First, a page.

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The Irish Image Collection

Michéal Martin Europe’s most sacred task remains its first - peace

The Tánaiste reflects on Ireland’s 50 years in the EU and the development of the country’s voice within.

TOMORROW, 50 YEARS ago, on New Year’s Day 1973, Ireland officially joined the European Communities – what would later become the European Union.

This event was the catalyst for a remarkable transformation of our nation. Progress has been neither linear nor constant, but it has been profound and indisputable: We are living more than a decade longer than we did in 1973, we are far better educated at all levels and we have access to vast opportunities to get jobs across many sectors.

There is however no room for complacency.

There are challenges to be faced today that far surpass those of the past. The inventory is as long as it is familiar: Climate change, inflation, energy, Brexit, and sadly, the illegal war against Ukraine. These are collective problems that can, by definition, only be resolved through collaboration and cooperation with our EU and other partners.

That is why our place at the heart of our Union is more important than ever.

Yes to Europe

Irish people, I believe, have always understood this importance. In 1972 over 83% of voters said ‘Yes’ to joining Europe; in the most recent poll, 88% agreed Ireland should remain a member of the EU.

For many in 1972, it was the economic costs and benefits that were weighed most carefully. They could have hardly imagined that over the next 50 years our long history of emigration would be reversed, and our streets instead filled with new accents and languages.

Or that Europe could provide the shared space where people like John Hume would eventually be successful in loosening the constrictor knot of conflict. For those who suffered on the margins of society – whether because of gender, sexual orientation, or because they were simply deemed different – it would have been difficult to imagine that Ireland could grow to become more generous in spirit and more kind in its thinking.

And few, in turn, would have dared imagine that we would come to play a pivotal role in the building of our shared European home. More than 10 million European students have benefitted from the Erasmus programme.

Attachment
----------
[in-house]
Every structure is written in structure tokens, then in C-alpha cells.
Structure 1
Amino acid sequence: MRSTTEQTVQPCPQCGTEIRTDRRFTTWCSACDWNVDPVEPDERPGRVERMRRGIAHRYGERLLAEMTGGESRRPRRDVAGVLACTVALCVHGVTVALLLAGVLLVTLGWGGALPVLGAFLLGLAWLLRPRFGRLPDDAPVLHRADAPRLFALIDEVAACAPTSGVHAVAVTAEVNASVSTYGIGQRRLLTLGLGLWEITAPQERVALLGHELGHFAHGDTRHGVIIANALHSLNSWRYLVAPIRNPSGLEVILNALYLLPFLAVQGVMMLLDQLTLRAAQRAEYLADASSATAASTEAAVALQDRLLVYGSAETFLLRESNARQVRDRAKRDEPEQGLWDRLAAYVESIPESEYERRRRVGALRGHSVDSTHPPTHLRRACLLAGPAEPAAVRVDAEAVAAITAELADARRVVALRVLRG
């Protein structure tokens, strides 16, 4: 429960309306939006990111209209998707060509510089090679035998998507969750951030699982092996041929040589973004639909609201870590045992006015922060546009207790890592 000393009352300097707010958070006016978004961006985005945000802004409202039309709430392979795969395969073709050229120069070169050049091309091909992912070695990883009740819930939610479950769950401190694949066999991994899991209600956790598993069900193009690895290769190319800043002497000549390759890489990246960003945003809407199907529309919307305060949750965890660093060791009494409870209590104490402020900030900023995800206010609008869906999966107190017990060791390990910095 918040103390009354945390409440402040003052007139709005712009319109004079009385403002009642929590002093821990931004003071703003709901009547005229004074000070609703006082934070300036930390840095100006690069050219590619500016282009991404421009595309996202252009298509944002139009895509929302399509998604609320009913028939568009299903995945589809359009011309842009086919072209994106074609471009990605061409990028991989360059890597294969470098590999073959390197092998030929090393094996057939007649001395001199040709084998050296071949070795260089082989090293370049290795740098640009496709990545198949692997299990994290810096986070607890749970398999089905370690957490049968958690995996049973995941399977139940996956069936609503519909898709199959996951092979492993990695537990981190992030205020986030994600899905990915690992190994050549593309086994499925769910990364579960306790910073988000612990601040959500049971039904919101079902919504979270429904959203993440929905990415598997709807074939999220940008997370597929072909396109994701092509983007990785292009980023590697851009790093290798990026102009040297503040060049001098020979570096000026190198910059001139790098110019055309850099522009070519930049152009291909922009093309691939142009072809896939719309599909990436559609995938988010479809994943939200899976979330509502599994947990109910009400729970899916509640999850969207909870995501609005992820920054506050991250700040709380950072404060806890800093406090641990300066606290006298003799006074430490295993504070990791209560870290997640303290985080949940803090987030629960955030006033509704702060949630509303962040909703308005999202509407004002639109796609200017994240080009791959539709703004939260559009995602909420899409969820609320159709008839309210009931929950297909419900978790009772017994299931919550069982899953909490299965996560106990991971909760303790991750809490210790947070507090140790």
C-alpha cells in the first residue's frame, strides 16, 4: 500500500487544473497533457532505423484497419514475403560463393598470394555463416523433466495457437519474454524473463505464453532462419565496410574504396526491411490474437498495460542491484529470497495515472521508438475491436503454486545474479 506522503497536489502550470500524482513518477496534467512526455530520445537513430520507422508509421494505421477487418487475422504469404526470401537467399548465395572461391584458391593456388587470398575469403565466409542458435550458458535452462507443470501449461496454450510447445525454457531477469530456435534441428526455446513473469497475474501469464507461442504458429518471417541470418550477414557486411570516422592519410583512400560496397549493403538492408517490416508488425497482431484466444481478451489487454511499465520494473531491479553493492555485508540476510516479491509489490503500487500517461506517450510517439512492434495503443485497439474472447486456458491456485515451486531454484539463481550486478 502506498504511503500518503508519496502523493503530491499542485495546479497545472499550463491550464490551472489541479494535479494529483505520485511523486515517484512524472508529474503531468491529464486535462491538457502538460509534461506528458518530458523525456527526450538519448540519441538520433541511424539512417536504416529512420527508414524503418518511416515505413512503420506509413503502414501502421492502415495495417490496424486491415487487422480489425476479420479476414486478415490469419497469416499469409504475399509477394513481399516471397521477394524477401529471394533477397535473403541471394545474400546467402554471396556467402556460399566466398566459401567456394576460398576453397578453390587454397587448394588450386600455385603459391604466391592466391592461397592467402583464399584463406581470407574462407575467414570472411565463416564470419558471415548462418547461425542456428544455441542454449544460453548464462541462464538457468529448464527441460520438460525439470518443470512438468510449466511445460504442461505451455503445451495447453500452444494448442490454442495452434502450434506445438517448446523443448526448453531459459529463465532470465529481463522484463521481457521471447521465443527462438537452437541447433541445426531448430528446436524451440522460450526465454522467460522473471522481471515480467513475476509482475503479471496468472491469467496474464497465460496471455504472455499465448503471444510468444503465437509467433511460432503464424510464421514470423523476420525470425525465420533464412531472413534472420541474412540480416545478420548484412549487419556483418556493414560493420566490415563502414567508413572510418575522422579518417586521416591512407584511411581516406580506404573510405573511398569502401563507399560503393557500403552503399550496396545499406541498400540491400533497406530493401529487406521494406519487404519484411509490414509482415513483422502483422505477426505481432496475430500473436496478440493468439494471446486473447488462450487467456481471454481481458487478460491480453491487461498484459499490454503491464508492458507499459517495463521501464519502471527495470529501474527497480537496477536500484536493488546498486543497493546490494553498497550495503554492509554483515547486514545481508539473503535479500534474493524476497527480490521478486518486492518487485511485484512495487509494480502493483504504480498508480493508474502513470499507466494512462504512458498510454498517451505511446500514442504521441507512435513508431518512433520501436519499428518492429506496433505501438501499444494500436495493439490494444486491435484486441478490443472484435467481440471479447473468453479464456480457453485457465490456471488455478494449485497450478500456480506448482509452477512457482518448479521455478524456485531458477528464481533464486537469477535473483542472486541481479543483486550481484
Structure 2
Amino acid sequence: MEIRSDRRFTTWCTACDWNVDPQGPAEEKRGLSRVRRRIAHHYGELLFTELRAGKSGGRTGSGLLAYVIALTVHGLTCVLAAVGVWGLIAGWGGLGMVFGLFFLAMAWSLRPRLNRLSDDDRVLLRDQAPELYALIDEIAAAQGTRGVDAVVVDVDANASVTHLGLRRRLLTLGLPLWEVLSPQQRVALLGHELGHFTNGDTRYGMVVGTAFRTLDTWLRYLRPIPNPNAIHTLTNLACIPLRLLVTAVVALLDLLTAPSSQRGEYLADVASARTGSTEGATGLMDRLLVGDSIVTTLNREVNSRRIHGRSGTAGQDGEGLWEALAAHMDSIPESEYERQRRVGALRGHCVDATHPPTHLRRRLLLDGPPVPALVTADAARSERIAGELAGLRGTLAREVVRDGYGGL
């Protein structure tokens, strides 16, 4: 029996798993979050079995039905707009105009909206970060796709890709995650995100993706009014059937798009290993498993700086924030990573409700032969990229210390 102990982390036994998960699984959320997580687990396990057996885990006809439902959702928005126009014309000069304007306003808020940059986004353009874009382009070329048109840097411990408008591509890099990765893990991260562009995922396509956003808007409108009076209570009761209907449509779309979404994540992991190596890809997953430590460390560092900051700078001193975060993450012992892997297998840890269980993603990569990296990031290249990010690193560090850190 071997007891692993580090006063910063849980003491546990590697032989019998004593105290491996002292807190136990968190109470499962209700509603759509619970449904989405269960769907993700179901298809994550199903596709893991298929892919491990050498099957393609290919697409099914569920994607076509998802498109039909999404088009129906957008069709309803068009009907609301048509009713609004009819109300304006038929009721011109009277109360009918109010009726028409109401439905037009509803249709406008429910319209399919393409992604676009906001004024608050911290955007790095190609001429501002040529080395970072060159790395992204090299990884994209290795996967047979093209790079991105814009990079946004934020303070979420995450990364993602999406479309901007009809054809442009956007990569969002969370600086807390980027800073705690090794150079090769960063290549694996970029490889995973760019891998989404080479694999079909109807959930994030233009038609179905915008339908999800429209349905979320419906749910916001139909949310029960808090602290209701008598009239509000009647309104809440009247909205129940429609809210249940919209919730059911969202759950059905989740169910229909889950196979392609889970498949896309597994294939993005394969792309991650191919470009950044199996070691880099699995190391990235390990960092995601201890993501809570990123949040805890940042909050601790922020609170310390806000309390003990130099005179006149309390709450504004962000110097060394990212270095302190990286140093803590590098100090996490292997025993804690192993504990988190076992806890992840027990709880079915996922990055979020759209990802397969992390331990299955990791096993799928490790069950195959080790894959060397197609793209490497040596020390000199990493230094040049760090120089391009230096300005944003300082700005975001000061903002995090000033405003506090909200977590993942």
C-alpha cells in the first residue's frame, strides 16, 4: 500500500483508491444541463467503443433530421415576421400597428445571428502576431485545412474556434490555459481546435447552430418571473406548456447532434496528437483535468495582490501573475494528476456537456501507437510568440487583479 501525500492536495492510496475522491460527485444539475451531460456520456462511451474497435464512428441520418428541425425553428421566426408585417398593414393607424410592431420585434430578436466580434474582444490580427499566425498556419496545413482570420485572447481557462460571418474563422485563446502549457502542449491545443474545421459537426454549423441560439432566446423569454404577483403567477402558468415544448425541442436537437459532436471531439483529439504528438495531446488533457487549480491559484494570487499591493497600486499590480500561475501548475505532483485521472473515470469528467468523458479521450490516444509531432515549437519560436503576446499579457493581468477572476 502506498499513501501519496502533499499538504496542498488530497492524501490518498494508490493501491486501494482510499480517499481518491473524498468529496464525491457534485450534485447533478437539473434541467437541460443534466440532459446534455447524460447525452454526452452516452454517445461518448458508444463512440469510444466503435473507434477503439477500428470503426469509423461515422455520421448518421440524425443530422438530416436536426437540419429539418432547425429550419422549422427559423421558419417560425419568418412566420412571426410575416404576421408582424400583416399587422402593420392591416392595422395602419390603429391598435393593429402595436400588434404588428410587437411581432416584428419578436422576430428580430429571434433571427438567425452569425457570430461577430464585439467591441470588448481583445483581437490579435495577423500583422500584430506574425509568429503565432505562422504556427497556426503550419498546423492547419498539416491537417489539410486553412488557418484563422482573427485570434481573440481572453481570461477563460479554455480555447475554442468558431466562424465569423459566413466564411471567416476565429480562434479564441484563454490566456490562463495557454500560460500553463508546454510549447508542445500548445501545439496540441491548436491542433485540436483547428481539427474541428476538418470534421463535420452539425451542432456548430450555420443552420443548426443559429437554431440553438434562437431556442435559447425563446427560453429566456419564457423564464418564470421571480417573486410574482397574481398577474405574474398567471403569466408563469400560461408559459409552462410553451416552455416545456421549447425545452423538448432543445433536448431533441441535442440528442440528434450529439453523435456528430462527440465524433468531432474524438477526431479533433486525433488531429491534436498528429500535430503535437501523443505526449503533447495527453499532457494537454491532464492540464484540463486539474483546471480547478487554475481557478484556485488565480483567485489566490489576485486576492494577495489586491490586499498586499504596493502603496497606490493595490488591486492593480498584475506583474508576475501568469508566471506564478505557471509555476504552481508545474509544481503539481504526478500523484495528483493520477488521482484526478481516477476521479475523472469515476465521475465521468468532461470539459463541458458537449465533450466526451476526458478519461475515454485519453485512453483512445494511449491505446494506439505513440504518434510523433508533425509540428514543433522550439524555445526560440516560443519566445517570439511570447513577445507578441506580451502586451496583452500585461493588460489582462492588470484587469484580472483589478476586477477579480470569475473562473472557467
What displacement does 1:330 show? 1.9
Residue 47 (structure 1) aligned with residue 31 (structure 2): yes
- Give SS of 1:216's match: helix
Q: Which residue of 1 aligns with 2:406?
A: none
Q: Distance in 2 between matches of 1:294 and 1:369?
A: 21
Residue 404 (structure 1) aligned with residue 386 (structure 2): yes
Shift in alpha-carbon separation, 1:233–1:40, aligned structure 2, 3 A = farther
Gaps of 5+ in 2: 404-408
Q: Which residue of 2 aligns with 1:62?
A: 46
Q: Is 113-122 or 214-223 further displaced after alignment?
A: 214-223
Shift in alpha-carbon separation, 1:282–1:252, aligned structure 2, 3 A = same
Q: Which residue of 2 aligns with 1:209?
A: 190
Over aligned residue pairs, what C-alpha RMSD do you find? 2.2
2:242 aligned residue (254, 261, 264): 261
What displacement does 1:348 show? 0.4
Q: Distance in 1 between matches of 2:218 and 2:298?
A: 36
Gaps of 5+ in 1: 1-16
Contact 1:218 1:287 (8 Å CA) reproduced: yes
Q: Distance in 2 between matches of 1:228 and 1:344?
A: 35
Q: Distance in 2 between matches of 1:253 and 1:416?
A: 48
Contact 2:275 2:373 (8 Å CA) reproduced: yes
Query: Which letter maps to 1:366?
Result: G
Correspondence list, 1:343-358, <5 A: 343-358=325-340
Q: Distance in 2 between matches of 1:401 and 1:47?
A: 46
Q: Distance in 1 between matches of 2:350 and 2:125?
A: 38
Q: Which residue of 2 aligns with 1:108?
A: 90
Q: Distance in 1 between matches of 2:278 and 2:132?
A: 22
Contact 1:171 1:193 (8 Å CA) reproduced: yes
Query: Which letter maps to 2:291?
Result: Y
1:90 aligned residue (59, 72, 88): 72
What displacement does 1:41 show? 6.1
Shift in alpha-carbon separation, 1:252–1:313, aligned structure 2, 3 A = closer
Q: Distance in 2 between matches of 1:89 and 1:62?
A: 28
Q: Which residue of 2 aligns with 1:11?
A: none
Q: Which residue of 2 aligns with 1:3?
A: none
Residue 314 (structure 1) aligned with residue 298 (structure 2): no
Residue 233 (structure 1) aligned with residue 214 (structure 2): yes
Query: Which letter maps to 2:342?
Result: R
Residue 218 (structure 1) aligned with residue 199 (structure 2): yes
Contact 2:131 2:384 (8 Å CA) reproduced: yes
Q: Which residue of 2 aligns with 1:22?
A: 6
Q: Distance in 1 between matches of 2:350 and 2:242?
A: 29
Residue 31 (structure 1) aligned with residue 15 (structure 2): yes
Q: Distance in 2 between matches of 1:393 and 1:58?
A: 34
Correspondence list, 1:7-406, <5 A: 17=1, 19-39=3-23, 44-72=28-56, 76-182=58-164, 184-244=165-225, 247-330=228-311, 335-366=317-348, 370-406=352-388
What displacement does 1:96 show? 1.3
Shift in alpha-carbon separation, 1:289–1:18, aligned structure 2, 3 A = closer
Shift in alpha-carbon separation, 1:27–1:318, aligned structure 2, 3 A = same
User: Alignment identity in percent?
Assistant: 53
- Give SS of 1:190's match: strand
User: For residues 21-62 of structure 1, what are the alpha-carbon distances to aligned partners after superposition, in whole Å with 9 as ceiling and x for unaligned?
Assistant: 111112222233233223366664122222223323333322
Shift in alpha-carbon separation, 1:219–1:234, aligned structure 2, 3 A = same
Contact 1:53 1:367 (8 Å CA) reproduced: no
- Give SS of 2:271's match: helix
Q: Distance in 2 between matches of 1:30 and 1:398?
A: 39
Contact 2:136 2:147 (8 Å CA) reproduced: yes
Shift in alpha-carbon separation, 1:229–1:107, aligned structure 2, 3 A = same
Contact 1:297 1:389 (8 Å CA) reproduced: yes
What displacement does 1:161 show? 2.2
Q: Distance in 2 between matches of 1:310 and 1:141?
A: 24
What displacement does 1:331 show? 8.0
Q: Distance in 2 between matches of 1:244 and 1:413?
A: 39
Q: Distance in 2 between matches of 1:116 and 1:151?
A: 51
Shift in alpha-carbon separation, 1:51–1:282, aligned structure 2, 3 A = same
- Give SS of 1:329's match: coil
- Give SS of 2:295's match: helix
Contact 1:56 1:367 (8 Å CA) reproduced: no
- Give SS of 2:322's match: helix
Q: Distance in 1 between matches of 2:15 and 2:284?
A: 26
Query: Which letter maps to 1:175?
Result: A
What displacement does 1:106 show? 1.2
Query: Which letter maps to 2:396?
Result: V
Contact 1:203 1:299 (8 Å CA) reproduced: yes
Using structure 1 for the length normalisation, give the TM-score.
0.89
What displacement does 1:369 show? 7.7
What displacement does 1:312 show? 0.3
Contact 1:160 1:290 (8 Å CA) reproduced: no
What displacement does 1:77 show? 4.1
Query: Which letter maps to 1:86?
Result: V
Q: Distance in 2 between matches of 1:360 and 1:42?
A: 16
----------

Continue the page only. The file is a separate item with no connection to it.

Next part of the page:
Every day, travellers across the EU roam freely because Ireland pioneered the idea of removing roaming charges, and it was Ireland who welcomed 10 new member states – the largest ever expansion of our union – during our “Day of Welcomes” in 2004.

Ireland’s voice

Our story lends credibility to the EU. Over 50 years we have gone from lagging to leading. We have shaped how our Union has grown and have used our voice in important moments to ensure that our values are always protected.

As we look to the next 50 years, we must do more at all levels of society to engage more with the EU. Ireland is now considered to be a central and old member state, one which is expected to lead.

For those who wish to emulate our path of progress, we must share with them the lessons of our own journey. For those who have veered from their path, we must remind them that our shared European values cannot be compromised. The internal threats to these values, particularly the rule of law, are not to be taken lightly.

Peace takes work

We must remain vigilant against any attempts to ignore our core values and robust in calling out when other Member States fail to meet the standard, they have set for themselves.

It is our values that set us apart and it is our values that remind us that Europe’s most sacred task remains its first: Peace. The Schuman Declaration – the foundation stone of our Union – is a testament to the possibilities of imagination.

Today, we need a renewed imagination, one that can help us navigate a just transition to a more sustainable way of life, and one that is resolute in its opposition to Russia’s unjust war and steadfast in its support for Ukraine’s right to peacefully exist amongst the nations of the world.

Now, 50 years on there are approximately 70,000 Ukrainian refugees living in our communities and in our homes. As Ukraine progresses on its path to accession to the European Union, we would do well to remember that this remarkable act of generosity is also a manifestation of that great European imagination.

The dual identity of Irish and European is one we wear lightly and with ease. We have today the cautious confidence of peace on our island, the collective experience of cooperation and the spirit of imagination that will guide us to another 50 years of European success.

Our shared European future is bright.

Micheál Martin is Tánaiste and Minister for Foreign Affairs. He is a TD for Cork South-Central.


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